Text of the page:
Trailer brakes are often needed on a trailer when a tow vehicle has a GVWR or gross vehicle weight rating of over 3,000 pounds. In some states, trailers with a GVWR as low as 1,000 pounds might be compelled to have brakes. Brakes on trailers with tandem axles may be needed on both axles if the GVWR goes beyond 5,000 pounds.
You see, trailer brakes are vital as the added weight of the trailer might be over than the tow vehicle could safely and efficiently handle. Having that added set of brakes on the trainer also enhances braking stability and lowers the risk of it jackknifing in a panic stop scenario.
Did you know that trailer brakes are often disregarded until a problem arises? That’s why it is essential to check the brake often and make repairs if necessary.
Take note that trailer brakes are not much different than light truck brakes and passenger car brakes. They often need the same type of repairs and maintenance. Corrosion is the major issue with trailers, particularly boat trailers.
Brakes on these trailers are frequently submerged when loading and unloading the boat. That makes them prone to sticking and rust. Saltwater is really tough on the brakes. Often, the brakes should be replaced or rebuilt after three or four seasons of boating. The wheel bearings are susceptible as well to corrosion and water contamination and might fail if they’re not properly cleaned, adjusted, or repacked with grease regularly.
What Are the Different Types of Trailer Brakes & How Do They Work?
Trailer brakes come in two major types: surge and electric.
- Electric trailer brakes
These brakes are triggered by an electrical connection to the brake pedal or modifiable dash-installed inertia switch in the trailer or two-vehicle. Whenever the brakes are applied, an electric current proportional to the rate of deceleration fuels a magnet inside every brake.
That magnet triggers an activating lever to apply the brakes. The current to the magnet is cut off, and the brakes are released when the driver takes his foot off the brake pedal. The same situation applies when the vehicle begins to move again. The controller is adjustable to compensate for different trailer loads.
- Surge trailer brakes
On the other hand, braking is automatic in surge brakes and needs no electrical connection between the vehicle and the tow vehicle, except for the lights. The surge coupler is installed on the trailer’s tongue.
Inside is a connection attached to a hydraulic master cylinder. The trailer’s forward momentum drives on the surge coupler whenever the tow vehicle uses its brakes. That causes it to move rearward and apply pressure over the master cylinder piston rod.
Surge brakes are typically utilized on boat trailers, as the electrical brakes don’t hold up very well in wet conditions. They’re also utilized on most rental trailers, as they remove the necessity for any electrical hookups other than the trailer light.
However, in some regions, these brakes aren’t considered enough for commercial purposes or heavier trailers. Electric brakes are still needed, meaning the tow vehicle should be geared with some controller to run the trailer brakes.
You may also find another type of trailer brake, which is the air braking system. It’s very much identical to the drum brakes in a vehicle and employs brake shoes on every wheel to slow down and stop them.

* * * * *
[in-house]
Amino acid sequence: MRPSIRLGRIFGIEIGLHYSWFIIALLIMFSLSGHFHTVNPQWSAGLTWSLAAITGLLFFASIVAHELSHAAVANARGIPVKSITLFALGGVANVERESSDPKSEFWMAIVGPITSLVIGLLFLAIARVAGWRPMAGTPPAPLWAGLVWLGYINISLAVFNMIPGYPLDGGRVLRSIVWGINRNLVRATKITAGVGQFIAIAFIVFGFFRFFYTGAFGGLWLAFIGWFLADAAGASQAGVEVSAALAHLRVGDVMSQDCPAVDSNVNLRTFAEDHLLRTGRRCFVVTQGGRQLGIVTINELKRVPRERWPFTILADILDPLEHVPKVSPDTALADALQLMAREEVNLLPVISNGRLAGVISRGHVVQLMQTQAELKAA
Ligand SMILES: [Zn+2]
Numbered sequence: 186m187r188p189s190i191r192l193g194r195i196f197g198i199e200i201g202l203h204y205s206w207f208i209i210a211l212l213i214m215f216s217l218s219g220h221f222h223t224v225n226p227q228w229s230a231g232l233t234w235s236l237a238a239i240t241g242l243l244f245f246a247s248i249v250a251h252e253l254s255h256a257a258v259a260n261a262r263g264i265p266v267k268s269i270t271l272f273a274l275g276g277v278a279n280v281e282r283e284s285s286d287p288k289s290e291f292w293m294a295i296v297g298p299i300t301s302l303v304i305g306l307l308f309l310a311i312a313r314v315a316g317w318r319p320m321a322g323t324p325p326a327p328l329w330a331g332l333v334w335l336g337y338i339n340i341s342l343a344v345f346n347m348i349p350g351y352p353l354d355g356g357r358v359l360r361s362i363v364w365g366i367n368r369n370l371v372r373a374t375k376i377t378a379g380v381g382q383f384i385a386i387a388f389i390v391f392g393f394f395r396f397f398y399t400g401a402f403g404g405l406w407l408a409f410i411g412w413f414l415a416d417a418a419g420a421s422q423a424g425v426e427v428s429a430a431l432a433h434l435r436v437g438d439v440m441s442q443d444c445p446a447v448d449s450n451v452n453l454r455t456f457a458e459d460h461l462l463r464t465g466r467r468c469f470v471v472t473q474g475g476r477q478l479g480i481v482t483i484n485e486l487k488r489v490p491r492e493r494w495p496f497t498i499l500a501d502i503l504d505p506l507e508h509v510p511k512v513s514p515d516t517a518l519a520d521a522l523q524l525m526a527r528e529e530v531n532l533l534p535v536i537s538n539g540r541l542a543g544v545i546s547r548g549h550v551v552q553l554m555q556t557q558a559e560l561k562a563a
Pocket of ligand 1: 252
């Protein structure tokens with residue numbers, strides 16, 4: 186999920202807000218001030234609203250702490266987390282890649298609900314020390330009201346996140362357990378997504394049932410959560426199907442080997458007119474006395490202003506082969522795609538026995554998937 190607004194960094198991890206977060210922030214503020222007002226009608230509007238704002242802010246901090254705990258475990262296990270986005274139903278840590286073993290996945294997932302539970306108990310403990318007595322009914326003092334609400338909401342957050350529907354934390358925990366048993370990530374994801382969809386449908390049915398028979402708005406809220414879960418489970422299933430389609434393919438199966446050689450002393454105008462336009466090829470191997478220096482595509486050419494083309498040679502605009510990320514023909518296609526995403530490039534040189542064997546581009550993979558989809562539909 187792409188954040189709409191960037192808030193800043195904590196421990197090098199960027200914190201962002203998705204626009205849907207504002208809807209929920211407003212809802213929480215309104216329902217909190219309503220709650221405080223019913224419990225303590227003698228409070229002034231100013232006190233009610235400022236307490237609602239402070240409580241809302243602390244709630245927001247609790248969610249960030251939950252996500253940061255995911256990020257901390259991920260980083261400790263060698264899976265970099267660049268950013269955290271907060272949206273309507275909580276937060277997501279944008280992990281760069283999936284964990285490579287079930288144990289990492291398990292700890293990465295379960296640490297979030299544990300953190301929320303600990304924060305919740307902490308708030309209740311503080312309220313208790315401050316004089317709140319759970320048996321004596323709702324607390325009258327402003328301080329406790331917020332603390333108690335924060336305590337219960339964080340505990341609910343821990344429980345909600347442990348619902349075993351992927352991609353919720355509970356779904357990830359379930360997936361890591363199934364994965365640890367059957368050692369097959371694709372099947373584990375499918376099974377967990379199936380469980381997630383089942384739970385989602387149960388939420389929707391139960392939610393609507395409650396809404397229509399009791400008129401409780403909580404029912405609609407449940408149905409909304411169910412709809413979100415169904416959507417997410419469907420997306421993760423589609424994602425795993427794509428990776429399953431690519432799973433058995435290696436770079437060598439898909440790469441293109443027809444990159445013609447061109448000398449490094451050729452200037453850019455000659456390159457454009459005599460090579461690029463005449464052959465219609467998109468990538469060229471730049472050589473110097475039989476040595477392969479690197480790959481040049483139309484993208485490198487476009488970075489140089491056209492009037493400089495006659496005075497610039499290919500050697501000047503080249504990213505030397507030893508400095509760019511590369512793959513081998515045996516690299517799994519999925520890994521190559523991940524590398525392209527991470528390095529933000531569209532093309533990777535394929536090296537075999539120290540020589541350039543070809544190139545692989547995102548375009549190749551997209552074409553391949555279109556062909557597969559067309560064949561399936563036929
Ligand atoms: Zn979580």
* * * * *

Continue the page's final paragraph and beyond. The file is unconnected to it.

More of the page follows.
Common Symptoms of a Bad Trailer Brake
Whether you are planning a trip to the wilderness or want to ensure your trailer is working properly, you need to ensure the trailer’s braking system is in its best condition. That’s why you need to familiarize yourself with some of the issues with a trailer brake. Some of them include:
- The trailer pulls to one side when braking
Does your RV pull to one side when you apply force on trailer brakes? It indicates the braking application is not balanced.
- Weak forward electric brakes
Another issue is feeble forward braking. That’s especially the case when you have electric brakes installed on your trailer’s four wheels. In an ideal situation, the round section of the brake’s actuating arm must point forward for the trailer brakes to function as intended.
- Trailer brake locks near the end of the stop
Do you also notice your brake’s lock before the towing vehicle comes to a halt? That issue roots in the braking control unit’s setting. It’s highly likely the drag on the brakes is set too high, which causes wear and tear on the brake shoes.
How to Test Your Trail Brake?
A worn-out or faulty trailer brake could affect the trailer’s ability to stop. Some trailer brake magnet problems will be obvious by just staring at it, but some are electrical issues that could impact performance.
For visual inspection:
- Do you see any coil on the center of the trailer brake magnet? It means it’s worn out and must be changed.
- Take a straight edge tool and lay it across the magnet’s top. The edge must be paralleled to the straight edge all the way across. Any changes or pitting in the magnet’s surface suggest abnormal wear, and it should be replaced.
- Check the magnet for any oil or grease residue.
A digital multimeter that reads ohms and amps will be required to test your trailer brake. To test with a multimeter, kindly follow the following steps:
- Connect the multimeter inline along with the blue wire going to the back of the brake controller. Alternatively, you can also use the diagnostic readings of the brake controller.
- Is the amperage higher than the indicated amount? Then it would help if you replaced the trailer brake magnet. If the reading is less than the indicated amount, it means the leads are bad, or the magnet must be replaced right away.
To sum up, similar to brakes on any tow vehicle, trailer brakes require regular service and maintenance. Remember that the required service frequency depends on how heavy the tow loads are and how often you tow.
Simply put, the more you tow, the more often you ought to be checking your brakes.